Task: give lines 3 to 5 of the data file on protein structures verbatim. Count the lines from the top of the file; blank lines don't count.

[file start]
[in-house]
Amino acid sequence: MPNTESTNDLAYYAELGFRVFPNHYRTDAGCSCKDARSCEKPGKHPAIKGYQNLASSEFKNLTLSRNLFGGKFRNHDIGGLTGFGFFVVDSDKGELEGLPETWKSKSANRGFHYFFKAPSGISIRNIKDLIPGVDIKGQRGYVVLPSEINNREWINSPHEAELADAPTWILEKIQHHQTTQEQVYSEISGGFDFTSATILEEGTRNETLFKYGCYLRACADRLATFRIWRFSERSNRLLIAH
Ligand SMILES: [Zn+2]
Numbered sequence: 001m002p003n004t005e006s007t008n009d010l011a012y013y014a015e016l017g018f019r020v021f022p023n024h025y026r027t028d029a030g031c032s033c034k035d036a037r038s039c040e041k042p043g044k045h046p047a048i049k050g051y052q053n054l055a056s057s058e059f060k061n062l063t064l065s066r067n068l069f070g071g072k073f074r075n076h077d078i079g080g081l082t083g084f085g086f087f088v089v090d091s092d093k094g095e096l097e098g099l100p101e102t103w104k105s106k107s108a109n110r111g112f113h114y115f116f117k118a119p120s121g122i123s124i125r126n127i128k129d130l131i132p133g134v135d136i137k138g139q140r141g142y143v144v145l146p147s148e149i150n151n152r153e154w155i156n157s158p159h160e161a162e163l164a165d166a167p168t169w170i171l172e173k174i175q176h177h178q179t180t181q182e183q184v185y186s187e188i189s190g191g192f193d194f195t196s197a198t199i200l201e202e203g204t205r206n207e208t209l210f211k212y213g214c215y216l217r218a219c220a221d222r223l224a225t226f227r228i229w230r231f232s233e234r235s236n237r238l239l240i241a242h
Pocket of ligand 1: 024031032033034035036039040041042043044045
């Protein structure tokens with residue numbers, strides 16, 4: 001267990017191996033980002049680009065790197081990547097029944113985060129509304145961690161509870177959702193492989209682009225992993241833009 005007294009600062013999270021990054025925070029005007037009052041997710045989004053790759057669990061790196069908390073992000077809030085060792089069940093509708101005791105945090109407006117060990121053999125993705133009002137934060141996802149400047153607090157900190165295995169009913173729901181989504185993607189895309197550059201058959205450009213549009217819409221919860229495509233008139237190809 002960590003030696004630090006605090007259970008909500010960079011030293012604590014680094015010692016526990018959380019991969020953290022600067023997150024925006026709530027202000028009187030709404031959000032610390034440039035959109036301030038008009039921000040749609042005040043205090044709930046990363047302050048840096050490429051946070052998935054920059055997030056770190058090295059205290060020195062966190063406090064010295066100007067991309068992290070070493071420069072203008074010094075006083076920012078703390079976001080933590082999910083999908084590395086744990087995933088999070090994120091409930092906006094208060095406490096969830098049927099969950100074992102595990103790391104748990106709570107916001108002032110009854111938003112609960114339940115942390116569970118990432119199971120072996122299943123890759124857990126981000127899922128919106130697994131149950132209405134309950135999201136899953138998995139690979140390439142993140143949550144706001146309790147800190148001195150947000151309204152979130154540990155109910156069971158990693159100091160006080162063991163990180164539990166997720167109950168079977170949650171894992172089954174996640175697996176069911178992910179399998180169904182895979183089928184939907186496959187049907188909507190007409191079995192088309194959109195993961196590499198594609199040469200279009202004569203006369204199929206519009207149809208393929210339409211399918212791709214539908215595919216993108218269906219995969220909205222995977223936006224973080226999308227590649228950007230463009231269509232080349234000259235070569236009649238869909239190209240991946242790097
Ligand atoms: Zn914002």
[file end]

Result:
Ligand SMILES: [Zn+2]
Numbered sequence: 001m002p003n004t005e006s007t008n009d010l011a012y013y014a015e016l017g018f019r020v021f022p023n024h025y026r027t028d029a030g031c032s033c034k035d036a037r038s039c040e041k042p043g044k045h046p047a048i049k050g051y052q053n054l055a056s057s058e059f060k061n062l063t064l065s066r067n068l069f070g071g072k073f074r075n076h077d078i079g080g081l082t083g084f085g086f087f088v089v090d091s092d093k094g095e096l097e098g099l100p101e102t103w104k105s106k107s108a109n110r111g112f113h114y115f116f117k118a119p120s121g122i123s124i125r126n127i128k129d130l131i132p133g134v135d136i137k138g139q140r141g142y143v144v145l146p147s148e149i150n151n152r153e154w155i156n157s158p159h160e161a162e163l164a165d166a167p168t169w170i171l172e173k174i175q176h177h178q179t180t181q182e183q184v185y186s187e188i189s190g191g192f193d194f195t196s197a198t199i200l201e202e203g204t205r206n207e208t209l210f211k212y213g214c215y216l217r218a219c220a221d222r223l224a225t226f227r228i229w230r231f232s233e234r235s236n237r238l239l240i241a242h
Pocket of ligand 1: 024031032033034035036039040041042043044045